The Neglected Combination: A Case for Explicit-Inductive Instruction in Teaching Pragmatics in ESL

  • Karen Glaser

Abstract

A substantial part of interlanguage pragmatics (ILP) research has contrasted ex- plicit and implicit teaching designs, generally finding that explicit approaches— those featuring metapragmatic rule provision—are more effective than their implicit counterparts, which are characterized by the absence of metapragmatic information. A second dichotomy used to characterize instructional designs, that of deductive vs. inductive approaches, has received somewhat less attention. Con- cerned with the sequencing of the instruction rather than the criterion of whether or not to provide rules, this concerns the question of whether to choose (deductive) rules or (inductive) language use as the starting point of the instruction. Although the two dichotomies are interrelated, they are often unjustifiably merged, with the labels deductive and explicit, on the one hand, and inductive and implicit, on the other, being used interchangeably. This article illustrates the reasons for this oversimplification and argues that the resulting focus on the contrast of explicit-deductive and implicit-inductive designs has led to overlooking a third possible constellation: the explicit-inductive framework. Adopting a classroom perspective, the article further attempts to point out the advantages that this neglected combination can have for the teaching and learning of pragmatics in ESL.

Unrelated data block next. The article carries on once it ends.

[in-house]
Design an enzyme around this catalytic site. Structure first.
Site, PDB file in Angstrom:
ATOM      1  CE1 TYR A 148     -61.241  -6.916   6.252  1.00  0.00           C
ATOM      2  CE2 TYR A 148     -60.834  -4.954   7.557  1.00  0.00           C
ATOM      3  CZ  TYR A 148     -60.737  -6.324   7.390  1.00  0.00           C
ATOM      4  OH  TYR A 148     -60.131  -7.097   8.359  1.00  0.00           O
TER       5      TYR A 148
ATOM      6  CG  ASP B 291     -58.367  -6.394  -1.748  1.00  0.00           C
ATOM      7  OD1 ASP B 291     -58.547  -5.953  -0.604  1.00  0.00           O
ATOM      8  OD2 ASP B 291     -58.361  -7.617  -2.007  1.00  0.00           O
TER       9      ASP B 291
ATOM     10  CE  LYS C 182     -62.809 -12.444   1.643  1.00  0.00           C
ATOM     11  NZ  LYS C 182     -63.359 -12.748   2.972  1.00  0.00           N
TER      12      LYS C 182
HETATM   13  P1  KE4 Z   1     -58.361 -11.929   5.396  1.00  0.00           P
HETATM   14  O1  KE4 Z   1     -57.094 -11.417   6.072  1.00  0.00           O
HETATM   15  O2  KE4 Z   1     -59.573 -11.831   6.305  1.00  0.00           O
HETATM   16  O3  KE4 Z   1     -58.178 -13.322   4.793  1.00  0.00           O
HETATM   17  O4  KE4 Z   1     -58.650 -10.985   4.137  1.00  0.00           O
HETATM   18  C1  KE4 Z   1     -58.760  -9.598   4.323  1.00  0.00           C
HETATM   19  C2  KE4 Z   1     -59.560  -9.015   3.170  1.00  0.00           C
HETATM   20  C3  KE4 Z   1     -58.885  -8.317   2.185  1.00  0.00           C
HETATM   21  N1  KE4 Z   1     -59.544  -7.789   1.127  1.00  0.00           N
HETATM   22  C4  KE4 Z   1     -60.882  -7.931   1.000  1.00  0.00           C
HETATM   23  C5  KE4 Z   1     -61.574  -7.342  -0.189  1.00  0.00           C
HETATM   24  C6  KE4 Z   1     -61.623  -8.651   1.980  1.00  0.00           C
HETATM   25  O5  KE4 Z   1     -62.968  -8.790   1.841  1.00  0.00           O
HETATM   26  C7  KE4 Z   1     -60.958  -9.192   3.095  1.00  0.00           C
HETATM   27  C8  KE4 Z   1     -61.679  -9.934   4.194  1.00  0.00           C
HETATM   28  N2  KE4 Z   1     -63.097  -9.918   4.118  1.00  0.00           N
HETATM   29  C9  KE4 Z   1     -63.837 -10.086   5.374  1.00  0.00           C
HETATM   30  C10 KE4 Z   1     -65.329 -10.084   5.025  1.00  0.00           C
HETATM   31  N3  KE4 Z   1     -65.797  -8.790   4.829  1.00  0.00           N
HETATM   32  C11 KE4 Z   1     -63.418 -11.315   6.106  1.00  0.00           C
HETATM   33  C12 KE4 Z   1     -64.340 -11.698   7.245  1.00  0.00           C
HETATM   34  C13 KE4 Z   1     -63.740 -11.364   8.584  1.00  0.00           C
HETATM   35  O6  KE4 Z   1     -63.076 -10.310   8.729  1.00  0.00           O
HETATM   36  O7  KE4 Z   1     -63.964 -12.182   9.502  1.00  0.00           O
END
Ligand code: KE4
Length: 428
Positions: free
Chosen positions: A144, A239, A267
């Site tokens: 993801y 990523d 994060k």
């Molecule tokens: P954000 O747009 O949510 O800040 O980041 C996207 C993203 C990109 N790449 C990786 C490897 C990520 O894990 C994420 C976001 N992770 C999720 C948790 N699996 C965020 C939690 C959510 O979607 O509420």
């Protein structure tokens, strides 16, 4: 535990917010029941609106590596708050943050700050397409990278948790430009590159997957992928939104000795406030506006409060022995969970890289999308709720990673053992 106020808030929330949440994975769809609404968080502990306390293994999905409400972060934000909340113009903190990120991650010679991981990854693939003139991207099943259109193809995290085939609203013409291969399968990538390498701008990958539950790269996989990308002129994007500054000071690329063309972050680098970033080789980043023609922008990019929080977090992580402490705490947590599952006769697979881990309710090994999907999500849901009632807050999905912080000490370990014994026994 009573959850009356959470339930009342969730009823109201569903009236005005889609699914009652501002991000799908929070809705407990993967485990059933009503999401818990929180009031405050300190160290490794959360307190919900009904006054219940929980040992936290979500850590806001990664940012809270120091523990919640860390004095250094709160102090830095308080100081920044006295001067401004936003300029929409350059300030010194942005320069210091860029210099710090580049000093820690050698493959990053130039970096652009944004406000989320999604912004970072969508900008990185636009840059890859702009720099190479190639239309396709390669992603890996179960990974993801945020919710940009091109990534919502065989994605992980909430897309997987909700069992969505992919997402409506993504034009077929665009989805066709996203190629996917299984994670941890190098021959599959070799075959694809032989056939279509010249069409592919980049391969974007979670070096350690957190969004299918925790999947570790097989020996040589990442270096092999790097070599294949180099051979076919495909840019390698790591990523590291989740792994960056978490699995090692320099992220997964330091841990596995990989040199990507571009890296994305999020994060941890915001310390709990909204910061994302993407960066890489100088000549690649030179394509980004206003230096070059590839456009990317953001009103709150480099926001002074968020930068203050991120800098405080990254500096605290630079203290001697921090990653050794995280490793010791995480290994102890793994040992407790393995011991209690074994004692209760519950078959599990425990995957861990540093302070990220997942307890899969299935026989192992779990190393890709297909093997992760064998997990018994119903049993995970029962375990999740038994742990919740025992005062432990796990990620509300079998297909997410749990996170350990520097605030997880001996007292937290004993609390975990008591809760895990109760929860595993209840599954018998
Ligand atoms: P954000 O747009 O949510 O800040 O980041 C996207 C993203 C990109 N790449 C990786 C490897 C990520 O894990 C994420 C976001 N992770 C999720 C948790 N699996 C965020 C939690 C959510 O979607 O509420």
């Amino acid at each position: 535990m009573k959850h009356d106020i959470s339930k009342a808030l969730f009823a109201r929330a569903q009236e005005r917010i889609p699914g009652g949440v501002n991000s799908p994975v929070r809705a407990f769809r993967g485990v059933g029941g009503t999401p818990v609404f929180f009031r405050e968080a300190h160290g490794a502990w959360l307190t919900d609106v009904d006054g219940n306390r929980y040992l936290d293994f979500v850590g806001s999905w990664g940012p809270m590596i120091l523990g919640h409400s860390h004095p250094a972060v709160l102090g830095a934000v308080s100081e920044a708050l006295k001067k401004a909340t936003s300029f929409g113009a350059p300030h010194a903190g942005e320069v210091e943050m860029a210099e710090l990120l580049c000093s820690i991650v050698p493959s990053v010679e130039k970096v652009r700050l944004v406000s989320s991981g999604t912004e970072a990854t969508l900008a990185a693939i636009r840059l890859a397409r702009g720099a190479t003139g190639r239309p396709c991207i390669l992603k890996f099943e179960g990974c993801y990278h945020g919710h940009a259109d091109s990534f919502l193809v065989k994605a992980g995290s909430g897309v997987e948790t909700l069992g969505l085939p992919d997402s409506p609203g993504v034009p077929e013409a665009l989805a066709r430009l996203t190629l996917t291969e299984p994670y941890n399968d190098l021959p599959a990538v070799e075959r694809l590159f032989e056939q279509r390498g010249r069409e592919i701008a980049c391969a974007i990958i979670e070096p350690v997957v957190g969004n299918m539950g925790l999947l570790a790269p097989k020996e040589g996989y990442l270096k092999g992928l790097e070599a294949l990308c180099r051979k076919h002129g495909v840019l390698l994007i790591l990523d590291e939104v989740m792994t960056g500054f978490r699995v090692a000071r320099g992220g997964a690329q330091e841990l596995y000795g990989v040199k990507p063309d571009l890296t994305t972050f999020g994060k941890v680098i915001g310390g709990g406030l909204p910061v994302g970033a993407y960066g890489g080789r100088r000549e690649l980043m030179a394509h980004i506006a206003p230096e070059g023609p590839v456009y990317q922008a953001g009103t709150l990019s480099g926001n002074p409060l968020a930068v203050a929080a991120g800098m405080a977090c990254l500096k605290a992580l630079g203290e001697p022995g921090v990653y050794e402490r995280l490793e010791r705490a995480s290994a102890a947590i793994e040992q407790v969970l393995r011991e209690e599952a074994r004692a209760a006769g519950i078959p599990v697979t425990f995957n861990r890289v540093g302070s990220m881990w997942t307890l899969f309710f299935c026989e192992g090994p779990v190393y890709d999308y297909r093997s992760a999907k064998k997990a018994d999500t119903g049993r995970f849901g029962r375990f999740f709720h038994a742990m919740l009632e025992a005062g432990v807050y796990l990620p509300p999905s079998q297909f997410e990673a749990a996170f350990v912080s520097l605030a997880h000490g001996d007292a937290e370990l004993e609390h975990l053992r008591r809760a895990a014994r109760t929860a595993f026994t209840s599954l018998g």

Author Biography

Karen Glaser
Karen Glaser is a PhD candidate in English Linguistics at Leuphana University Lüneburg and an EFL instructor at Chemnitz University of Technology, Germany. Her research interests include interlanguage pragmatics, SLA, and language teaching methodology. Her teaching foci in the EFL classroom include pragmatics, intercultural awareness, and English for Academic Purposes.
Published
2014-02-20
How to Cite
Glaser, K. (2014). The Neglected Combination: A Case for Explicit-Inductive Instruction in Teaching Pragmatics in ESL. TESL Canada Journal, 30(7), 150. https://doi.org/10.18806/tesl.v30i7.1158
Section
Perspectives